TORONTO (Reuters) - Canadian home prices rose modestly in January, paced by gains for the Eastern Canadian metropolitan areas of Hamilton and Montreal, data showed on Thursday.
The Teranet-National Bank Composite House Price Index, which measures changes for repeat sales of single-family homes, showed prices rose 0.1% in January.
It was “a so-so showing for a month of January,” said Marc Pinsonneault, a senior economist at National Bank of Canada.
The index has fallen in January in only three of the last 10 years, Pinsonneault said.
The metropolitan area of Hamilton, in Southern Ontario, had a gain of 0.8%, while Montreal, in the province of Quebec, was up 0.5%. Six of the 11 areas in the composite index rose.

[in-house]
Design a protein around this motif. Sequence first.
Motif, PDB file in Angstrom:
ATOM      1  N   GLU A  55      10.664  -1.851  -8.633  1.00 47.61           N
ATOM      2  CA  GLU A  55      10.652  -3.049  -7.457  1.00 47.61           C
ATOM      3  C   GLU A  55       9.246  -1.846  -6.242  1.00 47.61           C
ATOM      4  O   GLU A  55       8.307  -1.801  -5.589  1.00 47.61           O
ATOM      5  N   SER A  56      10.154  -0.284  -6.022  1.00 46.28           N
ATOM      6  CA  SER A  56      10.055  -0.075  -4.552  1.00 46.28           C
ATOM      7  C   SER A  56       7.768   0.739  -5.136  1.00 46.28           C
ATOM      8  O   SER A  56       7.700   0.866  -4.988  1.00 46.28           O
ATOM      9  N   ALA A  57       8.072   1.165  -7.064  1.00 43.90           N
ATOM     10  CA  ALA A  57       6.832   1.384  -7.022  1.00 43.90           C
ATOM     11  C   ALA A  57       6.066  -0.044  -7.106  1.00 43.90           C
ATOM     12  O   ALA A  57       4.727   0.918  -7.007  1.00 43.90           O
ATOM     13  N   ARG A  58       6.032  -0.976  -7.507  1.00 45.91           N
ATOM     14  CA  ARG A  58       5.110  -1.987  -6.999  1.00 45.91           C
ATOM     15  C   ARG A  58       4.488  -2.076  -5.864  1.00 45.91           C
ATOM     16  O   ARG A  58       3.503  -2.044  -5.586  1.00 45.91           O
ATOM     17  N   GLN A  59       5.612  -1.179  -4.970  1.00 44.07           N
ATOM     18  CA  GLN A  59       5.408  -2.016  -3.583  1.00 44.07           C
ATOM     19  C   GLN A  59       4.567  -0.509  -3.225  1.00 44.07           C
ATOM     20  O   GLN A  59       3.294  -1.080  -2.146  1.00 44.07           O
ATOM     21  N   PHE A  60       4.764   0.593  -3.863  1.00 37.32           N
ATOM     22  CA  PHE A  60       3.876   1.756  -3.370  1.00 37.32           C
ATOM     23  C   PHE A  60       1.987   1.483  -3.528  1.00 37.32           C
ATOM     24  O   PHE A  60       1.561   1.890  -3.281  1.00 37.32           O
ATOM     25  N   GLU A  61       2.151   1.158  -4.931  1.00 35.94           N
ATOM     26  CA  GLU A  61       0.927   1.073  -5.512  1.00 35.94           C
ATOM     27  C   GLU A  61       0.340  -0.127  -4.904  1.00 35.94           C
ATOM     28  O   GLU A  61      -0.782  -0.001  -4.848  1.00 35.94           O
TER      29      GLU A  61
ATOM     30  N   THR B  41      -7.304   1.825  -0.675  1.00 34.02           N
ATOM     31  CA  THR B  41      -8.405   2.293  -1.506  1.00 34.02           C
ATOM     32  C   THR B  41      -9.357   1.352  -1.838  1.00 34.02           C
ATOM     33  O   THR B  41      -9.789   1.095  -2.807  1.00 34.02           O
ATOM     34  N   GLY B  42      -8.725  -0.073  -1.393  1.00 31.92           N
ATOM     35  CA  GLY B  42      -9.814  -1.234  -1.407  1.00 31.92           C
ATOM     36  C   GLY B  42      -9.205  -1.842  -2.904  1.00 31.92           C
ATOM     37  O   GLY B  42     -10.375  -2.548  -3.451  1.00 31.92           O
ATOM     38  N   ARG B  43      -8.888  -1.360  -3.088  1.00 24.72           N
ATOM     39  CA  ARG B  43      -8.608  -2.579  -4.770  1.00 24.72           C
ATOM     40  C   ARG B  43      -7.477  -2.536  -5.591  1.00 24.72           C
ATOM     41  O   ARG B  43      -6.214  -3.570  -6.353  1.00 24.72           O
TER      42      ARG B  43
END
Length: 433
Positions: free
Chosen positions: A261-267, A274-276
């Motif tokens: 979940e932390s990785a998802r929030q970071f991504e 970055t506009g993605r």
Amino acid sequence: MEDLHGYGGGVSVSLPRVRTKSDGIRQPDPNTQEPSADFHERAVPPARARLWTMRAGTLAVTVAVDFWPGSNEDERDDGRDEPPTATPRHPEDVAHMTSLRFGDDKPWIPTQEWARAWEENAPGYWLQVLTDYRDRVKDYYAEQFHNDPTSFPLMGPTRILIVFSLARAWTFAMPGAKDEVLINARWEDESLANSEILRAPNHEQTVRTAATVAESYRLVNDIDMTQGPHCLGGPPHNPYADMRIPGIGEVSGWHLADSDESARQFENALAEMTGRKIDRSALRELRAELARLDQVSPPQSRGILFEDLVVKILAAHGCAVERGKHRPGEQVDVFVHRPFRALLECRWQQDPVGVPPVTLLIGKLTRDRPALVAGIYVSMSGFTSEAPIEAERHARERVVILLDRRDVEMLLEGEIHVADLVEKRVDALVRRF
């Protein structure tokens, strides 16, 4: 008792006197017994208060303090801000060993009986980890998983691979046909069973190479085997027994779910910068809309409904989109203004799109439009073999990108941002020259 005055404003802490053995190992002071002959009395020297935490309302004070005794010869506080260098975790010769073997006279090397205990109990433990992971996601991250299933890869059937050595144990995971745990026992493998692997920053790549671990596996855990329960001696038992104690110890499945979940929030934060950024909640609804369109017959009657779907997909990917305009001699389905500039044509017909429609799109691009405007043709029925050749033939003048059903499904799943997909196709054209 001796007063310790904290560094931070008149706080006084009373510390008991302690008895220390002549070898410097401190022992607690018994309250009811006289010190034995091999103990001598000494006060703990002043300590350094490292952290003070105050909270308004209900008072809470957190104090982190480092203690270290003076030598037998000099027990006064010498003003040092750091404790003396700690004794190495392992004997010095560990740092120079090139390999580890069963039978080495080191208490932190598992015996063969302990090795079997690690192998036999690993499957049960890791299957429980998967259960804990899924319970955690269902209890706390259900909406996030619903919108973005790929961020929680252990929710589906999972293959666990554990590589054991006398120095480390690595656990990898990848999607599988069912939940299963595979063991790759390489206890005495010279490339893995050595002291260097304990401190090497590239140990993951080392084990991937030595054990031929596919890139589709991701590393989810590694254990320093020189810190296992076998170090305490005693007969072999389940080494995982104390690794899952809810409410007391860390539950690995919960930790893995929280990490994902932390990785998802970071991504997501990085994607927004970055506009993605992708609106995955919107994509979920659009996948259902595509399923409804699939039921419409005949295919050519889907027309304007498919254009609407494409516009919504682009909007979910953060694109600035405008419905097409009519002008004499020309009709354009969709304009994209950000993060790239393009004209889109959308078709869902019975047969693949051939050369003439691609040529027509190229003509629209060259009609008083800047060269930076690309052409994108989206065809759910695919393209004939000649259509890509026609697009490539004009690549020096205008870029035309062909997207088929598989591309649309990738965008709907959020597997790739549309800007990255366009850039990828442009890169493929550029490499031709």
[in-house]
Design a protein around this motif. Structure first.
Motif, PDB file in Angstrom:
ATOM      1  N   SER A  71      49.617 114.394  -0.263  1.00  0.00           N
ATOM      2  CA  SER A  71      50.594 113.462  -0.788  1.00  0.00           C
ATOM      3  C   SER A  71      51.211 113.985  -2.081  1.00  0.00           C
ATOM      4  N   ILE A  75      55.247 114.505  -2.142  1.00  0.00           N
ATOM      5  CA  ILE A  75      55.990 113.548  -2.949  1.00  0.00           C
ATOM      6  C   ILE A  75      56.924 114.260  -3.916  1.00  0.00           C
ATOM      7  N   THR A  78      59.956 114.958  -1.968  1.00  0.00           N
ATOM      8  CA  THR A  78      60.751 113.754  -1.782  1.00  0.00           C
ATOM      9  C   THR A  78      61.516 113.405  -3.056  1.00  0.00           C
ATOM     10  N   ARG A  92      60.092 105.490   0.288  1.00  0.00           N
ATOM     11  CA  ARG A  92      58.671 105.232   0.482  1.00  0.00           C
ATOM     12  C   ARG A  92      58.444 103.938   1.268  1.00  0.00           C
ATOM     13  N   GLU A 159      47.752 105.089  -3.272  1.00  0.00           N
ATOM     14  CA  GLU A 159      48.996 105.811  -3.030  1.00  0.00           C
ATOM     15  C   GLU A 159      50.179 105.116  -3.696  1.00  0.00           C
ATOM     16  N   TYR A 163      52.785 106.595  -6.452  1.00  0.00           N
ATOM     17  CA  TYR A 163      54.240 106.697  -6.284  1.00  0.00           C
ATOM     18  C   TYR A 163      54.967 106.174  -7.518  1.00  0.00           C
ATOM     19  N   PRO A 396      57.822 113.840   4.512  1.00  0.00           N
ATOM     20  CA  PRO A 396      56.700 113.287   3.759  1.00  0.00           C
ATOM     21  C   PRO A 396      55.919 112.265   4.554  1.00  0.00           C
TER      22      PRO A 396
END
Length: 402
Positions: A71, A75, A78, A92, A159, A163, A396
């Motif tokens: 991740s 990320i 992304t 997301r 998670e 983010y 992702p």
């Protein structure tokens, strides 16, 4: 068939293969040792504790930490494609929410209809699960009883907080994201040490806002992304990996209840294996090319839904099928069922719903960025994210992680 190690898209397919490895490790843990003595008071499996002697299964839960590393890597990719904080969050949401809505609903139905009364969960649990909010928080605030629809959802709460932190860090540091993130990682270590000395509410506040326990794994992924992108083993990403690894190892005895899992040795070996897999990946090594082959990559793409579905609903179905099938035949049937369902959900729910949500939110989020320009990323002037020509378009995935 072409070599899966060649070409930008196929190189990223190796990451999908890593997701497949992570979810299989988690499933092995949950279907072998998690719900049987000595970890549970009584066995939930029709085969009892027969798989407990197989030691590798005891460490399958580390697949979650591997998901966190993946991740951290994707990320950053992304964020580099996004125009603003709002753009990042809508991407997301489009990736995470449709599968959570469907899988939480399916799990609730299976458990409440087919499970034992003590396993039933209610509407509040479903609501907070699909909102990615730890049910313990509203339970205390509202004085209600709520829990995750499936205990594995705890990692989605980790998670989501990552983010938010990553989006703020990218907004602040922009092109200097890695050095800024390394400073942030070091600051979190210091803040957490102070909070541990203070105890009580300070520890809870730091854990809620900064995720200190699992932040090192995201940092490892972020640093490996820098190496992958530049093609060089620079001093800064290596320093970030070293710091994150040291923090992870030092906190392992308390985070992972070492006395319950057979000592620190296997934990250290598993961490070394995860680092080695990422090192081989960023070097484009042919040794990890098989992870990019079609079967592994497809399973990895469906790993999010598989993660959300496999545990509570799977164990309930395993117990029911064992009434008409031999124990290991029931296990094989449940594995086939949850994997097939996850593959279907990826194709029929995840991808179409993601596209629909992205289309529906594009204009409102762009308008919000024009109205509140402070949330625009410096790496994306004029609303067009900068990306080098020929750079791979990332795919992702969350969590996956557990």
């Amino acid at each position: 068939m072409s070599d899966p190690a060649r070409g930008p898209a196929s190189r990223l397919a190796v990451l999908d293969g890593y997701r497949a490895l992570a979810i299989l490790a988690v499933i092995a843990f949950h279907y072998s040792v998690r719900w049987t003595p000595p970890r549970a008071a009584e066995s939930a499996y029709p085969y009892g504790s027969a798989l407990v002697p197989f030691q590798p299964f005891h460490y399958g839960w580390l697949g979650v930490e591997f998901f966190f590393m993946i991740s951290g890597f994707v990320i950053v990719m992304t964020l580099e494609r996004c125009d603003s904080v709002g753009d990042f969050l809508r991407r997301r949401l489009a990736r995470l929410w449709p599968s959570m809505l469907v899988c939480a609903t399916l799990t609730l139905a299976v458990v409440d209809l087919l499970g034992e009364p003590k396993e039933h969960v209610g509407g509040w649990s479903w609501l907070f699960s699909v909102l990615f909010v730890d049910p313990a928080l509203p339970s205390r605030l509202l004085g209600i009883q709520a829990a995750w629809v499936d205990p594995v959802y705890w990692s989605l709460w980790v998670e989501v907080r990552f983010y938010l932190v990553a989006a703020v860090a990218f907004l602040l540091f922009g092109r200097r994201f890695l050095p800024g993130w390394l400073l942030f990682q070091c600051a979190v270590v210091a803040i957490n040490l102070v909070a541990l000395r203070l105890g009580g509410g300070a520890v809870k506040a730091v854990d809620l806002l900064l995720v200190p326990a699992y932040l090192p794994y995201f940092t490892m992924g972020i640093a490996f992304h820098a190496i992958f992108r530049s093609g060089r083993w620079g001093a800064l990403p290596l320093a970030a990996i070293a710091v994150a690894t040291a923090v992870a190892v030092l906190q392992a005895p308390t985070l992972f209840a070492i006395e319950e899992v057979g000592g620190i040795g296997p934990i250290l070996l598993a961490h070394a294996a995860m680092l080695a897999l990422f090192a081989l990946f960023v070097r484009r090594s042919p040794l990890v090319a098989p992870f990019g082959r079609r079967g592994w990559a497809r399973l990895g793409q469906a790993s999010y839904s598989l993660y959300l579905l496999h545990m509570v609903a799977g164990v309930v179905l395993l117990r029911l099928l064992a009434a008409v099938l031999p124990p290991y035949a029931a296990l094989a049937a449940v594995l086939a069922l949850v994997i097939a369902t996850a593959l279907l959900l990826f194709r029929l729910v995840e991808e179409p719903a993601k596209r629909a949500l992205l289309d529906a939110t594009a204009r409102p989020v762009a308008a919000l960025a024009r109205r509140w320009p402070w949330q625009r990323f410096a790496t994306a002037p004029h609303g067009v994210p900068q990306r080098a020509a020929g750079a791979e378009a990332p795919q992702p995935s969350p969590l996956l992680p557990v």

Compared with the same month a year ago, the index climbed 2.1%, driven by gains in Eastern Canada, with the pace accelerating for the sixth straight month.
On Tuesday, Canada announced a change to a three-year-old financial stress test designed to reduce risky mortgage lending, potentially stimulating housing markets.
Reporting by Fergal Smith in Toronto; Editing by Matthew Lewis
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